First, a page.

Until fairly recently, Hong Kong relatively enjoyed press freedom even after the 1997 reversion to China under the framework of “One Country, Two Systems.” However, in June 2020, China enforced the Law of the People's Republic of China on Safeguarding National Security in the Hong Kong Special Administrative Region (hereinafter referred to as “the security law”), which includes the imposing of punishment, life imprisonment as the maximum, for the offences of secession, subversion, terrorist activities, and collusion with a foreign country or with external elements. The security law also stipulates the government policy to strengthen its control over the media, the internet and the like. In august, the founder and some other members of the Apple Daily newspaper–the only major media in Hong Kong critical of the Chinese government–were temporarily taken into custody on suspicion of violating the security law, and the police raided its headquarters.
The author conducted online interviews with 16 individuals involved in the Hong Kong media, based on which this paper examines the influence of the security law on the media. Many of the interviewees pointed out the ambiguity of the security law, showing their grave concern that what actions constitute “inciting,” “abetting” or “collusion with a foreign country or with external elements” would be determined based on the arbitrary interpretation by the central government. When asked about the future of the Hong Kong media, almost all of them said that they could see no hope in the short term unless there would be changes in the mainland China.
Many mentioned internet media as their only hope, but the interviews also revealed various challenges facing the media including the shortage of financial and human resources, because of which they cannot conduct satisfactory reporting. On top of this, some touched on the latest trend of continuous emerging of pro–China media on the internet aiming to attract young people, by, for example, letting internet celebrities known as Wang Hong make comments on YouTube. Amid China's exercising influence, we cannot take our eyes off Hong Kong's press freedom that is standing on a brink.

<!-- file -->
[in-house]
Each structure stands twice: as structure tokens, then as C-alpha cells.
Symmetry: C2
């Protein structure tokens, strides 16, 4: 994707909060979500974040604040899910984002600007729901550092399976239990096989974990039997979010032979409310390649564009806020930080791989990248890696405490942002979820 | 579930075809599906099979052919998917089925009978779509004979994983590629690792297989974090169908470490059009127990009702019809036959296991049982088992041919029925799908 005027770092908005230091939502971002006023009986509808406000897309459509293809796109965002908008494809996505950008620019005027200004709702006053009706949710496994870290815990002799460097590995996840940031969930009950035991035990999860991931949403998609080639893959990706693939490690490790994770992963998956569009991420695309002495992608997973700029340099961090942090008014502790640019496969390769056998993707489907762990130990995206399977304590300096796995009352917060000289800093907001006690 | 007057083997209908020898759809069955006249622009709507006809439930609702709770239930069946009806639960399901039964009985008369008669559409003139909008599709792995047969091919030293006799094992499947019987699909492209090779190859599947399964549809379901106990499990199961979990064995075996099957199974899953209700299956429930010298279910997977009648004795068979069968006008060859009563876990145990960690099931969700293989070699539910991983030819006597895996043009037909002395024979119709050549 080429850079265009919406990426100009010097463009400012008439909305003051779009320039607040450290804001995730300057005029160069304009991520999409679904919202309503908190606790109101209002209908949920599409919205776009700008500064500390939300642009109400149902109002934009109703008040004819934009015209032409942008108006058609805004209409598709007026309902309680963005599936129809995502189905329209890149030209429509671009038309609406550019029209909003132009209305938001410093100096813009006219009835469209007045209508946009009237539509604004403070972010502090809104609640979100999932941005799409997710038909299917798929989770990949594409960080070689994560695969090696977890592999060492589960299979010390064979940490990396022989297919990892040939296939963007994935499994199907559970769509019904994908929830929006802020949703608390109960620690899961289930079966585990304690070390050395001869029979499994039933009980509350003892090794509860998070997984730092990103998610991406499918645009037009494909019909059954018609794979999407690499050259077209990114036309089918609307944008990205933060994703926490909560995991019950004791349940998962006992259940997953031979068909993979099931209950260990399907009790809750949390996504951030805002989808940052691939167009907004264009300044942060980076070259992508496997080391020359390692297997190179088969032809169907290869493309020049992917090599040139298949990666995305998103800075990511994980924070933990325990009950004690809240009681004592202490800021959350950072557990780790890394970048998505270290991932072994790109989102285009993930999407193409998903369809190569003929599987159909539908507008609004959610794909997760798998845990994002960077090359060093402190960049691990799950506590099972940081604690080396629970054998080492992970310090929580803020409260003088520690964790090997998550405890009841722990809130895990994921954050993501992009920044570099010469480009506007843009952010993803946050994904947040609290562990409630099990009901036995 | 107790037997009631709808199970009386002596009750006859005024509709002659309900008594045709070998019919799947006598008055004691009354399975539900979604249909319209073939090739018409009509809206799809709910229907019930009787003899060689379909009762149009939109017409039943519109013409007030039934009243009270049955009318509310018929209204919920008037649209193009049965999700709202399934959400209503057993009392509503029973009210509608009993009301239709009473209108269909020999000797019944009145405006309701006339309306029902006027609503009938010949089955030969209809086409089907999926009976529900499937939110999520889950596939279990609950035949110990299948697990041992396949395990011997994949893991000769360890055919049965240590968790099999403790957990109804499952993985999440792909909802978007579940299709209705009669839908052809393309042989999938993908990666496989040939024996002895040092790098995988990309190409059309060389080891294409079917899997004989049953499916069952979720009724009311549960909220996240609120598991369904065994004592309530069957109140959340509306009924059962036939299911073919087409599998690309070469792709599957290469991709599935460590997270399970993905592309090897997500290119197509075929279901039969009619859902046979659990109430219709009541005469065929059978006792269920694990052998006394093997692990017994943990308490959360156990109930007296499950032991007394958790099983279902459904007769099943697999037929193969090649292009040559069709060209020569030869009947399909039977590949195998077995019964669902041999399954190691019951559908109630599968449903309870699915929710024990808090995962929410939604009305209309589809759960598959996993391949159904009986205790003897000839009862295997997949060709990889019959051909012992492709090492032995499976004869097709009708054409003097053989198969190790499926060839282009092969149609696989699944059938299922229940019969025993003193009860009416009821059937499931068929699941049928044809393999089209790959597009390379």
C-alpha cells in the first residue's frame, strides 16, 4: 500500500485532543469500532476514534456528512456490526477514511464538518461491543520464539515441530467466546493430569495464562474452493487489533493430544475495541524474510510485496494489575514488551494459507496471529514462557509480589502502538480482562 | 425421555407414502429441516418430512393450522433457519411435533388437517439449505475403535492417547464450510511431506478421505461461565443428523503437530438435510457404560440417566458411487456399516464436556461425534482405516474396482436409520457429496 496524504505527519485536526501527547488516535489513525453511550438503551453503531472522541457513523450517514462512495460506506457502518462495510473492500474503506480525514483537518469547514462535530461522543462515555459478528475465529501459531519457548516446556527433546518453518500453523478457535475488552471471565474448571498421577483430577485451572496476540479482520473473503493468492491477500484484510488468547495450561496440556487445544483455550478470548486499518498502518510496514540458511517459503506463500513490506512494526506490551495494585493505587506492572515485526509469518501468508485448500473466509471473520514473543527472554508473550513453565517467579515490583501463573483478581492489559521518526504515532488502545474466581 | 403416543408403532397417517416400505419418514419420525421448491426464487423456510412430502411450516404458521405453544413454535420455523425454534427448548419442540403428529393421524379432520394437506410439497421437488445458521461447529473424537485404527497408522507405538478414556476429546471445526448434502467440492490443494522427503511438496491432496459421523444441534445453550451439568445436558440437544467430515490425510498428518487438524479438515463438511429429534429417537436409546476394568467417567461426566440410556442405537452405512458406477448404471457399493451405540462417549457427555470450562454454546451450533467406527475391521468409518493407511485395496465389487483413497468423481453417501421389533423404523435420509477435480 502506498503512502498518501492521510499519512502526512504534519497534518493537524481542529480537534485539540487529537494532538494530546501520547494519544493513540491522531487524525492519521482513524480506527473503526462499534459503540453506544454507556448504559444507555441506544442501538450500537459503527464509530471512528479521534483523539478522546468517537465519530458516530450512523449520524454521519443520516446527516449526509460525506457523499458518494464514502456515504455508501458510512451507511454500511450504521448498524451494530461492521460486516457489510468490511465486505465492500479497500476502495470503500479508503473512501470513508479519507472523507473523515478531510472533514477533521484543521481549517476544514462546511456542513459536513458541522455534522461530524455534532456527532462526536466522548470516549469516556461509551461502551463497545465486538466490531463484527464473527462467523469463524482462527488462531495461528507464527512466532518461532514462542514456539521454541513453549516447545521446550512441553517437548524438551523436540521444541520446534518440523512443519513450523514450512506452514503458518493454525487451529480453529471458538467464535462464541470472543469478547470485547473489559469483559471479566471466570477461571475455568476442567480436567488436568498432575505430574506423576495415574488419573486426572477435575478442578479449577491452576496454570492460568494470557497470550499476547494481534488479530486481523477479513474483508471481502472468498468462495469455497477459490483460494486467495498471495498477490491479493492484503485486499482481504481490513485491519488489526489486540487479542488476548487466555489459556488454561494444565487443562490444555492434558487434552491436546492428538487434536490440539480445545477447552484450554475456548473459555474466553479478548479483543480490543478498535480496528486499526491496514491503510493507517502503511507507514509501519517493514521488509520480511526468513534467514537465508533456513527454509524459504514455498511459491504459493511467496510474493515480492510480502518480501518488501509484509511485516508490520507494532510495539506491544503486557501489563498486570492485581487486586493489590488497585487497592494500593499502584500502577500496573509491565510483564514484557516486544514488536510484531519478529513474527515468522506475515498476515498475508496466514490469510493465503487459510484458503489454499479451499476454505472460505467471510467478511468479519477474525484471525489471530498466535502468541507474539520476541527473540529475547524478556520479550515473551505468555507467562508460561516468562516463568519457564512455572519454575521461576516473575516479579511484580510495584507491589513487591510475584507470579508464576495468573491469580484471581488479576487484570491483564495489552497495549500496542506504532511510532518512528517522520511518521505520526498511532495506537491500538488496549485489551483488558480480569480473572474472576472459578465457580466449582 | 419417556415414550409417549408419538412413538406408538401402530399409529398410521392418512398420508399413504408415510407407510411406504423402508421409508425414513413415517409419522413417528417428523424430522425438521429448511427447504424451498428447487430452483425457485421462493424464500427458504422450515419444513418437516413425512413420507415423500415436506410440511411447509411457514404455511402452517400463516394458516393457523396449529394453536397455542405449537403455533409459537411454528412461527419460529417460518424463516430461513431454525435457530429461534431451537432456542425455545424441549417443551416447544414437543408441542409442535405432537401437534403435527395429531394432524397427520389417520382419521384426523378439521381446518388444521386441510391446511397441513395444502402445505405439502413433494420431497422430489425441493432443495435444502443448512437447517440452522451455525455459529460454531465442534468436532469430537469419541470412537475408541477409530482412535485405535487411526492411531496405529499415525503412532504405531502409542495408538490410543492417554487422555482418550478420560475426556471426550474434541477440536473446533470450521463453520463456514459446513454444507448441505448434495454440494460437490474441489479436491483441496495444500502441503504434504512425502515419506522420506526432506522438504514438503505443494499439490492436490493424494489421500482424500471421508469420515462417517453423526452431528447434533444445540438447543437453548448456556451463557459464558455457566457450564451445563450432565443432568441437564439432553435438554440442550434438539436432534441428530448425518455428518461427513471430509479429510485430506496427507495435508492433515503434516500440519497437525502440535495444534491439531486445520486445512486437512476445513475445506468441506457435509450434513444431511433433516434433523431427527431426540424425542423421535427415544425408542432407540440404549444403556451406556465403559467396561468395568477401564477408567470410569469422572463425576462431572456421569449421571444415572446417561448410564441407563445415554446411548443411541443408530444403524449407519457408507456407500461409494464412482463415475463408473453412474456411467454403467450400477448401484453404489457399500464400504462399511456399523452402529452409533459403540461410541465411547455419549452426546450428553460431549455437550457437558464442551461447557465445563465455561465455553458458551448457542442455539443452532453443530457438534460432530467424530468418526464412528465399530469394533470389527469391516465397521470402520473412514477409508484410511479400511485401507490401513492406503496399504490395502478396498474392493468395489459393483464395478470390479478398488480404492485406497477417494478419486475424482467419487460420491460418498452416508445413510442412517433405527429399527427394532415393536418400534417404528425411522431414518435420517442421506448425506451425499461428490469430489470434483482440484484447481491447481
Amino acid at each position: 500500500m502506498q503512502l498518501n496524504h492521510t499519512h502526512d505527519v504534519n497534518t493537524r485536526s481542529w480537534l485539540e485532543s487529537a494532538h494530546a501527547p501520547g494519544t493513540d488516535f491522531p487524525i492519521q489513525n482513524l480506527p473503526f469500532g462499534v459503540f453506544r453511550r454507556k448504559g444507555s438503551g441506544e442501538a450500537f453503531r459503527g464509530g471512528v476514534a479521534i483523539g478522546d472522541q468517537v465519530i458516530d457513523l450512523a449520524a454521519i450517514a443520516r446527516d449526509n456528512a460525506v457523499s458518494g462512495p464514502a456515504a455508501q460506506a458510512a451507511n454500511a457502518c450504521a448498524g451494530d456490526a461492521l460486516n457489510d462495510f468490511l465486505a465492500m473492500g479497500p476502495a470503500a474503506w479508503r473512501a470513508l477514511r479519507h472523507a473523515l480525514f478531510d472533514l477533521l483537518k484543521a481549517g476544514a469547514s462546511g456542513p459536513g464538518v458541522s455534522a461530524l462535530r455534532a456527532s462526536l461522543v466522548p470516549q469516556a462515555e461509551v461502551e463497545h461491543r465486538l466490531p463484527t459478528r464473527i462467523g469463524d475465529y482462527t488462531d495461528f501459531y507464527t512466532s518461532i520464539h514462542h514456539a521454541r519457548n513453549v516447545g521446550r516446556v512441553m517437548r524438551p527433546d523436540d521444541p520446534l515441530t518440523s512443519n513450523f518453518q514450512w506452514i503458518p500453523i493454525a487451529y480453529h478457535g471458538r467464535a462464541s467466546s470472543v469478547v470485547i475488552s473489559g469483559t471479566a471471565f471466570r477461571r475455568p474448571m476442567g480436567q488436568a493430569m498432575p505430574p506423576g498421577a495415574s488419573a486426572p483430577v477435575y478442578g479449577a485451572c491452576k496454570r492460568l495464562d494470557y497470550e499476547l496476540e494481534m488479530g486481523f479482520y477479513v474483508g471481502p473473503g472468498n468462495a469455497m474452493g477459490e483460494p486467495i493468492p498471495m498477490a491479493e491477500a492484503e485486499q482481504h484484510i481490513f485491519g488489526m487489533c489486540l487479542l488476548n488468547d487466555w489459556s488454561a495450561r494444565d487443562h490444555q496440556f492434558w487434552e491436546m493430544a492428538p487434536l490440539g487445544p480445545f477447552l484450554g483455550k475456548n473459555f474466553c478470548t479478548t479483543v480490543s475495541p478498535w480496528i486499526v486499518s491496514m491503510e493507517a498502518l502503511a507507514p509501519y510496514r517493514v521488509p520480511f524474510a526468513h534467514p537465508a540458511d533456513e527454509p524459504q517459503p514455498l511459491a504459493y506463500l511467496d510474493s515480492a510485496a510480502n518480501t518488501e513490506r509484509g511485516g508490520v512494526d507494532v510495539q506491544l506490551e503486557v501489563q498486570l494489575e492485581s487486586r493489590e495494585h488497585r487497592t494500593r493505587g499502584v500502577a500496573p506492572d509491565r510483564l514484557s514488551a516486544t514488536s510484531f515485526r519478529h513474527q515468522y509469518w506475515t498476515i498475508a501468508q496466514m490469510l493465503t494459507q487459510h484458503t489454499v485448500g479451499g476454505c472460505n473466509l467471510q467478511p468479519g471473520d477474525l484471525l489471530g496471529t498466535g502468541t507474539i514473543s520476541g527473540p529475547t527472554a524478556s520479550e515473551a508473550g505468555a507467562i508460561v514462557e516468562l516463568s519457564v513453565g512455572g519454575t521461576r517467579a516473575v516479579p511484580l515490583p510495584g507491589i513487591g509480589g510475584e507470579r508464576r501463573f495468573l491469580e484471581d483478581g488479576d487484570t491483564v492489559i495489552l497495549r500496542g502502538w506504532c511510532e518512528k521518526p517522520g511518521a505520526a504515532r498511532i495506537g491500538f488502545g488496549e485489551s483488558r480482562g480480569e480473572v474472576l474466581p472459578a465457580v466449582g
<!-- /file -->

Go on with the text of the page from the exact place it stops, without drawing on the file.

The first part of the series examined the correlations between TV coverage on COVID–19 and social media, which showed that television repeatedly reported stories related to PCR tests for an extended period of time, which received huge reactions from Twitter or other social media users. In this Part II, the authors assume that television's agenda-setting function was exercised for their reports on PCR tests and explore how it started, developed, and produced certain results by analyzing the content of broadcast programs and Twitter posts responding to them. As a result, the following dynamics of addenda setting was observed. In February, as the infection spread in Japan, TV reports focused on the cases where people wanting to take PCR tests could not get tested, which led to the setting of the agenda “expansion of PCR test needed,” and Twitter users one after another posted the addenda. In March, however, quite a opposite “public opinion” against the expansion of PCR test emerged out of fear of overwhelming hospitals. From April through May, triggered by the declaration of a state of emergency, the “agenda” faded into the background. And from June through July when Japan was hit by the second wave, a new frame of agenda “tests for individuals without symptom needed” was set, which rekindled the debate.
This paper reports the results of the 2020 Nationwide Survey on Changes in the Japanese Language. From the findings, the author presents the following points.
– When asked how to pronounce “青紫蘇”(green shiso leaves), those who use the rendaku (sequential voicing) form to say it “ao jiso” (not “ao shiso”) accounted for about 80% of the entire respondents.
– More than 90% of the entire respondents pronounce “片側” (one side) as “kata–gawa” (not “kata–kawa”), using the rendaku form.
– In case of “渓流釣り” (mountain stream fishing), nearly two thirds of the entire respondents chose “keiryuu–zuri” (not “keiryuu–tsuri”), using the rendaku form, but the figure for the respondents in their 20s was only a little over a half.
– For “立ち眩み” (dizziness), more than 90% chose “tachi–kurami” (not “tachi–gurami”), using the non–rendaku form, in all age groups.
–“飲み口” has two meanings: (1) taste or mouthfeel and (2) opening/lip/rim of beverage containers. About two thirds of the entire respondents pronounce it as “nomi–kuchi” in the non–rendaku form (not “nomi–guchi”) for both usages: (1) “飲み口がいい” as “nomi–kuchi ga ii” (“It tastes good” or “The mouthfeel is good”) and (2) “缶ジュースの飲み口” as “kan juusu no nomi–kuchu” (the lip of a can of juice), a clear difference in usage, rendaku or non-rendaku, depending on the meaning was not found.